Twenty-eight faculty, staff, and students took Big Orange Country to China through an English immersion summer camp—and the UT community has been following their adventures over the past two weeks. Team member Lola Alapo, public relations specialist in the Office of Communications and Marketing, sent back reports about the group’s work and adventures. The group returned to Knoxville on Tuesday, July 12.
China day 15
8:00 p.m. Saturday, July 9
With camp now behind us, Southeast University arranged another activity-filled day for us today. Our first stop was the Nanjing Museum, which reminded me a bit of the American Museum of Natural History but on a smaller scale. The exhibits ranged from the history of human origins to treasures of past Chinese dynasties. It also was super crowded with families, tour groups and school groups. I didn’t like that part so much as my dorky self couldn’t get close enough to some of the exhibit placards to read them. Still, a beautiful and well-laid out museum though. And it didn’t rain today. Bonus!
After lunch, we went to the Sun Yat-sen Mausoleum. I had been looking forward to this since learning more about Sun Yat-sen, the father of modern China, through my students’ mini-presentations about historic landmarks. The mausoleum is a must-see. It has 392 steps leading to it, which symbolize the 392 million Chinese people at the time it was built.
Well, I made it exactly twenty-four steps before Chris the tour guide and I peeled off in search of a little post office on site so I could mail postcards to friends and family. I had been carrying these postcards around for more than a week. Apparently, mailing postcards in China/Nanjing is not a thing. I’ve had a difficult time finding a place to buy stamps and a place to mail the cards. I wasn’t going to pass up this chance. The little store did have stamps but we had to glue them on, six stamps per card…and I had 22 postcards. Chris and I sat outside the store, glue bottle in hand, and affixed all the stamps. Meanwhile, random Chinese people stopped by our little station and snap photos of us or curiously peeked over our shoulders. Sigh. I’m typically a “hello” person and smile at onlookers. This time, I was all “buh-bye!” and shooed them away so we could finish our little project before our hour was over and we had to rendezvous with the group.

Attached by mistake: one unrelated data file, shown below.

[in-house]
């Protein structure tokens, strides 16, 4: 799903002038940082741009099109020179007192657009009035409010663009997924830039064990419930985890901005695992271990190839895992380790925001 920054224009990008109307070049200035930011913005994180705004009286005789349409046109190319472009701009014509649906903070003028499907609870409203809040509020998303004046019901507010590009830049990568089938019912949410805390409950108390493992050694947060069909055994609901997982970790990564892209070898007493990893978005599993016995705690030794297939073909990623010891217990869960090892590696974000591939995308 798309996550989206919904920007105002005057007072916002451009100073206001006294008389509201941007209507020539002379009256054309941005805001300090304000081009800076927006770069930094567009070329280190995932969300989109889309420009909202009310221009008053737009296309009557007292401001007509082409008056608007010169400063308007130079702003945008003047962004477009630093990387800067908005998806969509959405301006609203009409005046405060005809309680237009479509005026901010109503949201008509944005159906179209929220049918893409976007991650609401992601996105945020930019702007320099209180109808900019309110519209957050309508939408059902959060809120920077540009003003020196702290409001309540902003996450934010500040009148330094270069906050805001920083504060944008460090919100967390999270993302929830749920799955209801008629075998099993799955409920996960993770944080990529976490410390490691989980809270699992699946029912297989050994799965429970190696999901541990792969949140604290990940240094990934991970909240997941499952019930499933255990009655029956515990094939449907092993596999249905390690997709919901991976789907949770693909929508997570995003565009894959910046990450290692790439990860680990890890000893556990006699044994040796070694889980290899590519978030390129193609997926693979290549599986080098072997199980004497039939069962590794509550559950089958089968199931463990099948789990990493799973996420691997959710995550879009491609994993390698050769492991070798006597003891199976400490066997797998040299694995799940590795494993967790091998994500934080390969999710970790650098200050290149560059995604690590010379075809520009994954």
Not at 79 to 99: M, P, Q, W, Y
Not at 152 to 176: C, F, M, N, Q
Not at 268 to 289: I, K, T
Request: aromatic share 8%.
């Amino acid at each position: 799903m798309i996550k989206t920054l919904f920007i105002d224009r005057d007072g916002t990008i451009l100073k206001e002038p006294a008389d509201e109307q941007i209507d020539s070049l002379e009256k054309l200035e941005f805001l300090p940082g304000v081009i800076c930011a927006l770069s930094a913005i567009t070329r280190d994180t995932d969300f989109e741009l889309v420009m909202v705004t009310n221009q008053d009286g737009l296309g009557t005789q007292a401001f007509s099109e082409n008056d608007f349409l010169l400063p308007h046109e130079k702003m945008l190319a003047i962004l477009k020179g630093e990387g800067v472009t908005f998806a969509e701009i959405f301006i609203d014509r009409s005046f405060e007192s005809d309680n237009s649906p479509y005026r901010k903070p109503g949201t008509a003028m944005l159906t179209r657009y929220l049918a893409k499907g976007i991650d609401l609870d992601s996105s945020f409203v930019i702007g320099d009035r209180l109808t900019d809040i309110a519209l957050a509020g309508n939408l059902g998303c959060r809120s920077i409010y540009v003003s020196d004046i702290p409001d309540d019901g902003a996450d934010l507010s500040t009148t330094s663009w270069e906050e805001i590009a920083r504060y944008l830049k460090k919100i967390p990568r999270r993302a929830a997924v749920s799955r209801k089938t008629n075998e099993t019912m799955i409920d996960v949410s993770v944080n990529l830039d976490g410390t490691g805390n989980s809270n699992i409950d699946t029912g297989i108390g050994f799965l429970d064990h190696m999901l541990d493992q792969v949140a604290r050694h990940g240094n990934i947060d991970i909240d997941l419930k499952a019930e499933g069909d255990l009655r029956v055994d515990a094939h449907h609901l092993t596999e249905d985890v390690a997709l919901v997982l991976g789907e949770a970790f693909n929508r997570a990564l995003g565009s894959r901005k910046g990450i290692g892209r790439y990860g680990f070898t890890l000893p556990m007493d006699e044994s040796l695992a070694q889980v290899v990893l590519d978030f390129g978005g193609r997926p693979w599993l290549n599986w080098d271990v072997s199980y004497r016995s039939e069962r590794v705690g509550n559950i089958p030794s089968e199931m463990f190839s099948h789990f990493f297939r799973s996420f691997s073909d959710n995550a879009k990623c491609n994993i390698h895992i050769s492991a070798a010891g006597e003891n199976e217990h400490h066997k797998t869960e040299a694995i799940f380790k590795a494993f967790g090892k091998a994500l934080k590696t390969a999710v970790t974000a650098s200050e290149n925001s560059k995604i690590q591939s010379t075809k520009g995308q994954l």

So, I didn’t get to see the mausoleum because I was gluing on stamps. But I got those postcards mailed. Hooray! They may arrive in America in the next week or the next month…or the next never.
We returned to campus in time to go to the Southeast University gift shop before it closed at 6:00 p.m. Then a few of us visited the convenience store for one final popsicle. I bid adieu with a mango popsicle.
China day 16
9:00 p.m. Sunday, July 10
Several UT students and teachers left Nanjing today to visit other cities in China. Other folks began their long journey back to the US.
The rest of us used this free day to visit a couple of malls for last-minute items to bring home. I’ve enjoyed using only chopsticks—so much so that I don’t know what I’ll do with a fork when it’s time to use one. Ha! I picked up a nice set of chopsticks for myself at the mall so I can continue practicing when I’m home.
Pretty low-key day. I took a nap, too, which was nice.
China day 17
8:45 p.m. Monday, July 11
Four of us UT folks headed to airport hotels today so we can be within short distance of the airport since we have to be there by 6:00 a.m. tomorrow when it opens to begin our journey home.
Last night, one of my students sent me a message that she wanted to come see me off today. Well, at 11:00 a.m., FOUR of them showed up at the campus hotel to say goodbye. They had trekked thirty minutes from their dorm in the rain just to come see me. They came bearing small gifts and hugs. I was so touched!! They kept saying to me, “Don’t cry. Don’t cry.” What a sweeting ending to an incredible trip.
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